The last piece of code we still need to add is to implement the IDisposable interface to clean up our unmanaged resources.

Lets add the interface to our DiffieHellman class:

public class DiffieHellman : IDisposable

And add the implementation:

public void Dispose()
{
    Dispose(true);
    GC.SuppressFinalize(this);
}

protected virtual void Dispose(bool disposing)
{
    if (disposing)
    {
        if (this.aes != null)
            this.aes.Dispose();

        if (this.diffieHellman != null)
            this.diffieHellman.Dispose();
    }
}

Our class is complete. Now we need to create a test class to test our functionality.

Step 08 - Create a test class

Right click on the solution and select "Add > New Project > Unit Test Project" and give your project a name (e.g "SecureKeyExchange.Tests"). Rename your "UnitTest1.cs" to "DiffieHellmanTests.cs" and add a reference to the "SecureKeyExchange" project. To do this, right-click on the "References" node under the test project and select "Add Reference > Projects > Select the project > OK".

Add the following test method to our test class:

[TestMethod]
public void Encrypt_Decrypt()
{
    string text = "Hello World!";

    using (var bob = new DiffieHellman())
    {
        using (var alice = new DiffieHellman())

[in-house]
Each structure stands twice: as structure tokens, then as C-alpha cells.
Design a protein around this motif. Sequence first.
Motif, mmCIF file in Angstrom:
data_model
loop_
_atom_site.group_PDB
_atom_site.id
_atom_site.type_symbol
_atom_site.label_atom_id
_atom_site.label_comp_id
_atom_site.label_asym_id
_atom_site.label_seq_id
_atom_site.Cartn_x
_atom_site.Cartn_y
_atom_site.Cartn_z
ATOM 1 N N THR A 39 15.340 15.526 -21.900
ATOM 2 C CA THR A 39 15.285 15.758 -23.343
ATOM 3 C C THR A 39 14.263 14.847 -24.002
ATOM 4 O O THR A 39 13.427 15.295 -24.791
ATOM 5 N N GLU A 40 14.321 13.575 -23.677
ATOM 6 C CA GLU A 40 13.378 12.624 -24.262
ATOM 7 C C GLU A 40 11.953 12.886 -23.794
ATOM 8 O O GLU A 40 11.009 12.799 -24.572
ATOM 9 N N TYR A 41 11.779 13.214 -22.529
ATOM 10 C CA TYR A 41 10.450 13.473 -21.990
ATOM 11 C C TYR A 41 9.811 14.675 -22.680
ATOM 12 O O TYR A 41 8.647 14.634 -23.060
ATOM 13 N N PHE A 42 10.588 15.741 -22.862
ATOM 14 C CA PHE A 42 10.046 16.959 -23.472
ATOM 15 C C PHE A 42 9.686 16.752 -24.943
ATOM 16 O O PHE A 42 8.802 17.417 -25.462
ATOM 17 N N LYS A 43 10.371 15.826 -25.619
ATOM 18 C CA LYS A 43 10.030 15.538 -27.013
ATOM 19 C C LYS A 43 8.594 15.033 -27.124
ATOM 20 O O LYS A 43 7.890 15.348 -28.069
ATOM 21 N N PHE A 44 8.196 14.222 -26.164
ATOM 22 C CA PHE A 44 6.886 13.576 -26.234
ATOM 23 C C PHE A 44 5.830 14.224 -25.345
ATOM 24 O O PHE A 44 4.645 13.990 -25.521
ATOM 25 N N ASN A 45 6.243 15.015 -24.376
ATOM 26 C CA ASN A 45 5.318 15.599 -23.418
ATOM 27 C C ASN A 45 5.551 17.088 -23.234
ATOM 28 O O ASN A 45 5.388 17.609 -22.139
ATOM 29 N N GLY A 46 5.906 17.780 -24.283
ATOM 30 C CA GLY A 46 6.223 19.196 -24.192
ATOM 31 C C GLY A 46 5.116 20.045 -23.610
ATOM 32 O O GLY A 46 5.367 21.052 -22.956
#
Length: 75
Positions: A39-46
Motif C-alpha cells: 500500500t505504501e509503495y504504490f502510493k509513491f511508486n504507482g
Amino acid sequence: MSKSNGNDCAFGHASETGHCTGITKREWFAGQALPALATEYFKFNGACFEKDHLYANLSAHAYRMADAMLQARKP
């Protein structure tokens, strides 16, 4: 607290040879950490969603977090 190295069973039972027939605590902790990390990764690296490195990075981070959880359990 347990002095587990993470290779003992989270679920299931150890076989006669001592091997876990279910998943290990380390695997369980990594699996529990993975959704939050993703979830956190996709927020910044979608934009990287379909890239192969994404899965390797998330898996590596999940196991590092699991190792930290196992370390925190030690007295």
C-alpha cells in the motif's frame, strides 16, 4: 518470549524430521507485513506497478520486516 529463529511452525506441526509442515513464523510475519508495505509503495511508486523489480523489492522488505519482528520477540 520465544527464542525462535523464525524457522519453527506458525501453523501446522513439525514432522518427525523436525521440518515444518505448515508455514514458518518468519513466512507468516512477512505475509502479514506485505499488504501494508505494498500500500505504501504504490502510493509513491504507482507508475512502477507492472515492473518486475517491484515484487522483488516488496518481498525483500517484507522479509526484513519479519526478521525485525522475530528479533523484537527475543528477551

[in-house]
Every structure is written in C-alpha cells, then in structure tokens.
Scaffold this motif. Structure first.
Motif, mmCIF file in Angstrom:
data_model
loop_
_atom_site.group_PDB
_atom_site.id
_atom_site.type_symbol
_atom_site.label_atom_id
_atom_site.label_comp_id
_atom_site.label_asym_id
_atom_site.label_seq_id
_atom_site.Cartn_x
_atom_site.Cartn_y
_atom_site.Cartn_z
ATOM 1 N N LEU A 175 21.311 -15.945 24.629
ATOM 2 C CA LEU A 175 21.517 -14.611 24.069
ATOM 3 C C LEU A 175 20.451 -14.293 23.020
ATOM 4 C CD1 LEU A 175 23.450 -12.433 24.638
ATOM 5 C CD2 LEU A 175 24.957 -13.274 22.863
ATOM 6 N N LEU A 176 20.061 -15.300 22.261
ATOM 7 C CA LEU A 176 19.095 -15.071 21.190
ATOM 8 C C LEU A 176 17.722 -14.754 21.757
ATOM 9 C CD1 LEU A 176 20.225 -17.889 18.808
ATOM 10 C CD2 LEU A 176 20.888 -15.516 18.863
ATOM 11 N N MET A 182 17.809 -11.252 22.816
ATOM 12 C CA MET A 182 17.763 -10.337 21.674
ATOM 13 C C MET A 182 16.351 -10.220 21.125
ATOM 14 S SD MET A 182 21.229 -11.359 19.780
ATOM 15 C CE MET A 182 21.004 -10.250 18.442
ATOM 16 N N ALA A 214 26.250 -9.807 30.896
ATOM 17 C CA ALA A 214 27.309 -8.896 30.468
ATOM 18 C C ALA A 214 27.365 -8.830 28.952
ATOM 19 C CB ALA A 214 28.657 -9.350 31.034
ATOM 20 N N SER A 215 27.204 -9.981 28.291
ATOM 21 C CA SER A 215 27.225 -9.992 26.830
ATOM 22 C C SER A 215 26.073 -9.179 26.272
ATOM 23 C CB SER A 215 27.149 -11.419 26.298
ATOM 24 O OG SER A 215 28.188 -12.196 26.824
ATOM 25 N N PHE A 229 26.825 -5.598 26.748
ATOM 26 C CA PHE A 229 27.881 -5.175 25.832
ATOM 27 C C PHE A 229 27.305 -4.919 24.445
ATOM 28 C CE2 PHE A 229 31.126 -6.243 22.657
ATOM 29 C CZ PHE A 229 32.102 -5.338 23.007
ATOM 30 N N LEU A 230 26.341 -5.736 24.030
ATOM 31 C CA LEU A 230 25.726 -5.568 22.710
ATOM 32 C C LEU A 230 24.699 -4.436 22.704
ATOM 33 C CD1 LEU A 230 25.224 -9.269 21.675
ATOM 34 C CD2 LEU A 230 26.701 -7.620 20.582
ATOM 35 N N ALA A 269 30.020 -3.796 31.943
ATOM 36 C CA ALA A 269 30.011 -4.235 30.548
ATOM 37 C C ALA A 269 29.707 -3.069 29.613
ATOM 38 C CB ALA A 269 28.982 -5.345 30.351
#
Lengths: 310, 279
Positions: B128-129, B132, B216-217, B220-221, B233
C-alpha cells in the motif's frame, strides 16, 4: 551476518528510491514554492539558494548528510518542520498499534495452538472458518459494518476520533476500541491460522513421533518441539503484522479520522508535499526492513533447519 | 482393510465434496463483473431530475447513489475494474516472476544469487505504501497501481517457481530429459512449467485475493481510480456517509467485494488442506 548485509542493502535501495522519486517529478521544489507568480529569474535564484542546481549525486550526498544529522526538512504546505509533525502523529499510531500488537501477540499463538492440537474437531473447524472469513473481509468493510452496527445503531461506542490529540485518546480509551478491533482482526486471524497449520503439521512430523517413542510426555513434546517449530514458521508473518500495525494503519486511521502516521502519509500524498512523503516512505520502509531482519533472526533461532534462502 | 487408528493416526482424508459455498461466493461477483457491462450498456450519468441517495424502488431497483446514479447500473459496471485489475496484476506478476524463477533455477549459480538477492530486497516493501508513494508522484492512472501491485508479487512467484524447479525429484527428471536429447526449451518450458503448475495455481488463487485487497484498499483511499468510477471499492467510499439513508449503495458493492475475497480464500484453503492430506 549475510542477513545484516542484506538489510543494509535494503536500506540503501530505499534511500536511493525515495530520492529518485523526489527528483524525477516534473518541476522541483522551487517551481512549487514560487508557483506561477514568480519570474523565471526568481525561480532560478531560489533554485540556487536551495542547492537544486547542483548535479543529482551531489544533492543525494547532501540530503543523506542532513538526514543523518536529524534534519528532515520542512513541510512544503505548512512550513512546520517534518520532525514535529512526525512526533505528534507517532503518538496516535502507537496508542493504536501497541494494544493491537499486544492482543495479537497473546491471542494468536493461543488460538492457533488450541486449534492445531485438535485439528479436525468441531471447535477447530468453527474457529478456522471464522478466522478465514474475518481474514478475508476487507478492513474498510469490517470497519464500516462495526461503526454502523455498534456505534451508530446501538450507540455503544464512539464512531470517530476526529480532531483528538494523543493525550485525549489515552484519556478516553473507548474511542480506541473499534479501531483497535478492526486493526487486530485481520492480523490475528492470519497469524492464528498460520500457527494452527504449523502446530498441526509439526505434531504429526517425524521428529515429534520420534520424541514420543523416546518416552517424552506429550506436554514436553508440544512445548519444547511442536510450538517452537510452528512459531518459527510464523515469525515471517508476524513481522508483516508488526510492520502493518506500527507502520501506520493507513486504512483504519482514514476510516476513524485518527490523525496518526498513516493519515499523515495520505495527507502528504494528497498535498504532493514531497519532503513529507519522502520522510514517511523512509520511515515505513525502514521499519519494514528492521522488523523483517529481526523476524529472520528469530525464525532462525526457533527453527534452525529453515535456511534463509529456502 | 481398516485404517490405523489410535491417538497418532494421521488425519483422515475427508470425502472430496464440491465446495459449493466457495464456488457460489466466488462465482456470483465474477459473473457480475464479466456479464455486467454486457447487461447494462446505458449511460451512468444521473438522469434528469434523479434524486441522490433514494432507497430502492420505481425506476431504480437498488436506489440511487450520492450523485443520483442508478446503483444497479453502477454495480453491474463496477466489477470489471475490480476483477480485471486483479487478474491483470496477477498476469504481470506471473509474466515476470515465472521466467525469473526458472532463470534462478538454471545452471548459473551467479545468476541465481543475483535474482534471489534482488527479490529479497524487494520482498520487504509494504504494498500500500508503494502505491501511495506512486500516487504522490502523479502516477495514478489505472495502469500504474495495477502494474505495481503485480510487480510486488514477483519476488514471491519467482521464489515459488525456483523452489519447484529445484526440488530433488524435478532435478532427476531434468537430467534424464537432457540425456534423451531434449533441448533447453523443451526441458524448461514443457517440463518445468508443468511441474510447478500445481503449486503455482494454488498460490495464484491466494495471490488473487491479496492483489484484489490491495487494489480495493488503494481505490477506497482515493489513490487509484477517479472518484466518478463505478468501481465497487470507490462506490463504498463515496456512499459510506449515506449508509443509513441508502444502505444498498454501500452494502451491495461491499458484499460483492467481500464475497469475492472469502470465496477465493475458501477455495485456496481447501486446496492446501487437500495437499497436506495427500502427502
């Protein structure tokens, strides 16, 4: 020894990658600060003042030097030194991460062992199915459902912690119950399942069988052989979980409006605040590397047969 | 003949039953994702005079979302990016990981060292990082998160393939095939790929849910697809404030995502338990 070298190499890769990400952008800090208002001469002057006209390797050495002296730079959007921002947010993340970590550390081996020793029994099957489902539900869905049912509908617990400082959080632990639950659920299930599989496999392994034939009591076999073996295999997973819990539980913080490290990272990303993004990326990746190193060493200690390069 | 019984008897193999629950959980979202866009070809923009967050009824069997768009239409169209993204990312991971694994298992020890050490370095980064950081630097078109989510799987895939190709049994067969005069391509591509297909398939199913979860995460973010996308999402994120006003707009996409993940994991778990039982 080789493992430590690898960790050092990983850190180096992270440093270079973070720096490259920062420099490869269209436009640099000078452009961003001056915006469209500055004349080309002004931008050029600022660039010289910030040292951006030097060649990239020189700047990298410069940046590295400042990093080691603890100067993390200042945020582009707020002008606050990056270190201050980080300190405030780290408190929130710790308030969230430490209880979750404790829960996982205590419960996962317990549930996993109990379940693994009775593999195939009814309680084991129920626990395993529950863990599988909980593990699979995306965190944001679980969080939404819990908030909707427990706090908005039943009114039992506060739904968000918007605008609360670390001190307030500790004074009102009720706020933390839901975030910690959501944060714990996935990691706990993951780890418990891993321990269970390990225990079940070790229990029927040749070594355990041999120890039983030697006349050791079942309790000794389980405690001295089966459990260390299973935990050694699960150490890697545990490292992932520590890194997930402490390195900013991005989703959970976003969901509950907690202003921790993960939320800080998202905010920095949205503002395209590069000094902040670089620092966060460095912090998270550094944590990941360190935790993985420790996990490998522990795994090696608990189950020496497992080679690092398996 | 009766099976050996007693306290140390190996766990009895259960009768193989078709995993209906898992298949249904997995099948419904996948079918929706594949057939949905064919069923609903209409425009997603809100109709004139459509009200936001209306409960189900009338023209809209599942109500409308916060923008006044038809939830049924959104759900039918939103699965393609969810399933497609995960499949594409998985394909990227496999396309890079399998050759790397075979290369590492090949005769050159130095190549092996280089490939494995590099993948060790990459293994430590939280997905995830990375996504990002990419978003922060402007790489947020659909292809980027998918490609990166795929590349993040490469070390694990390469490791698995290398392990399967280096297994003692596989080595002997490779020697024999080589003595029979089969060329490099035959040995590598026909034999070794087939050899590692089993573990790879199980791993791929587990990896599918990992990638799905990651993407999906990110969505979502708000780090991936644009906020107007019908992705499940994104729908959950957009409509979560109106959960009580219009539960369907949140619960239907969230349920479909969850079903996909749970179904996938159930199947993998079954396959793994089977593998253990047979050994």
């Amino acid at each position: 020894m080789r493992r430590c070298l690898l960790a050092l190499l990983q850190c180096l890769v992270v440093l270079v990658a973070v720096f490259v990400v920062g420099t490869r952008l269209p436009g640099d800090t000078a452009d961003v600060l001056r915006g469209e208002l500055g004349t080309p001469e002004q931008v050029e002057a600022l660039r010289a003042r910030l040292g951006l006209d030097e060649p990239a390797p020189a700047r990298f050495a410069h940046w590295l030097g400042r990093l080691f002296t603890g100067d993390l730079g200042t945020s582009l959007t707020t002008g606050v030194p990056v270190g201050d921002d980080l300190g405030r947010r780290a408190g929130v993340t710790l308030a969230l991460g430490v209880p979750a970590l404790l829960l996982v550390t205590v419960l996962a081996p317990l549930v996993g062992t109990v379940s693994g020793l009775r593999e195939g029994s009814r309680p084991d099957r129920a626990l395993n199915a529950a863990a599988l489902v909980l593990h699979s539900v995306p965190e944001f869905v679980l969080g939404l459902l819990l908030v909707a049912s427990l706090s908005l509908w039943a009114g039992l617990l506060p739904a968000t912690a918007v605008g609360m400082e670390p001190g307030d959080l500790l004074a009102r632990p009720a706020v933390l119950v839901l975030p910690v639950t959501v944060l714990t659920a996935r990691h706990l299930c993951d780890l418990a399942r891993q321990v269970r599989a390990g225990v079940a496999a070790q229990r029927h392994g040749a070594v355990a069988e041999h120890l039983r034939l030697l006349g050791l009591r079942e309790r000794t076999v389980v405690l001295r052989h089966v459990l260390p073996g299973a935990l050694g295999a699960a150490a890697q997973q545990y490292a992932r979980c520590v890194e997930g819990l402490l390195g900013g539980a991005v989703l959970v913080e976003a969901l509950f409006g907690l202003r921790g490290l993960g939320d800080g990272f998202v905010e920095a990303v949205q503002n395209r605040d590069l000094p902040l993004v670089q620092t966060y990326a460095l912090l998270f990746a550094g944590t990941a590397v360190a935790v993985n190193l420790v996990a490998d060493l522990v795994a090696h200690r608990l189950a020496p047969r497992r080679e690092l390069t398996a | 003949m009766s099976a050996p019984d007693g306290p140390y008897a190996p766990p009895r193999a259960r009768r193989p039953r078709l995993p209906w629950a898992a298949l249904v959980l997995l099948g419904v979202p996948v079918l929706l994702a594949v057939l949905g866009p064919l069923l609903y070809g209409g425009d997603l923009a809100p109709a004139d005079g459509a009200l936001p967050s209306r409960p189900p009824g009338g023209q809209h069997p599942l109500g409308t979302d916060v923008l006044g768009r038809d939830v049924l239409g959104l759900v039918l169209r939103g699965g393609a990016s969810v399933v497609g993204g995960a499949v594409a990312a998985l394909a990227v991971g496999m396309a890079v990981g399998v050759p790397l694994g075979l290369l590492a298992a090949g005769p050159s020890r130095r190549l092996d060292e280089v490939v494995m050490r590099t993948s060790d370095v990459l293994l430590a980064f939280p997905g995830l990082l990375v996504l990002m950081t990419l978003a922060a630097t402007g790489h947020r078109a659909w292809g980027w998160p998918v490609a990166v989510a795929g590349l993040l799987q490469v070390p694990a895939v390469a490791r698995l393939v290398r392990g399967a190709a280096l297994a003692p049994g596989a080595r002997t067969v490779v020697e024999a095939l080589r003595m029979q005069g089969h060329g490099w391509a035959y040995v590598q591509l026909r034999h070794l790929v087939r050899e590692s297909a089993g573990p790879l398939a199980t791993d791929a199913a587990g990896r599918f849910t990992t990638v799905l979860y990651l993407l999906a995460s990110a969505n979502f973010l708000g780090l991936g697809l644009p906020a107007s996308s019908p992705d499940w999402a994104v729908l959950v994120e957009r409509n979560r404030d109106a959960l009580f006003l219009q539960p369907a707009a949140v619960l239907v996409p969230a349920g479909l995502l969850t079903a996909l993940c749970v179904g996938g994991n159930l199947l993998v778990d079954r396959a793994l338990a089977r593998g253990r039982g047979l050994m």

{
            // Bob uses Alice's public key to encrypt his message.
            byte[] secretMessage = bob.Encrypt(alice.PublicKey, text);

            // Alice uses Bob's public key and IV to decrypt the secret message.
            string decryptedMessage = alice.Decrypt(bob.PublicKey, secretMessage, bob.IV);
        }
    }
}

We can now add a breakpoint and debug our test (press Ctrl+R,Ctrl+A) to see the results:

Final Words

The Diffie-Hellman key exchange allows us to send secret information over a public channel. In my next post, we will look at how to implement this into a real world scenario.

License

This article, along with any associated source code and files, is licensed under The Code Project Open License (CPOL)

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About the Author

Pierre Nortje
Software Developer BeingIT
South Africa South Africa
I am a software developer that loves creating new things, solving solutions and reading about the latest technologies. I am currently working on MVC projects, creating .NET APIs, deploying applications, writing SQL queries, debugging Windows Services, developing Xamarin mobile applications and working with a bunch of great people. Outside of work I am a brother, father and a grateful husband.

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Comments and Discussions

 
PraiseNice implementation Pin
asiwel6-Dec-17 12:18
memberasiwel6-Dec-17 12:18 
GeneralRe: Nice implementation Pin
Pierre Nortje6-Dec-17 22:07
professionalPierre Nortje6-Dec-17 22:07 
QuestionRe: Nice implementation Pin
asiwel7-Dec-17 11:26
memberasiwel7-Dec-17 11:26 
AnswerRe: Nice implementation Pin
Pierre Nortje8-Dec-17 1:50
professionalPierre Nortje8-Dec-17 1:50 
GeneralRe: Nice implementation Pin
asiwel8-Dec-17 15:01
memberasiwel8-Dec-17 15:01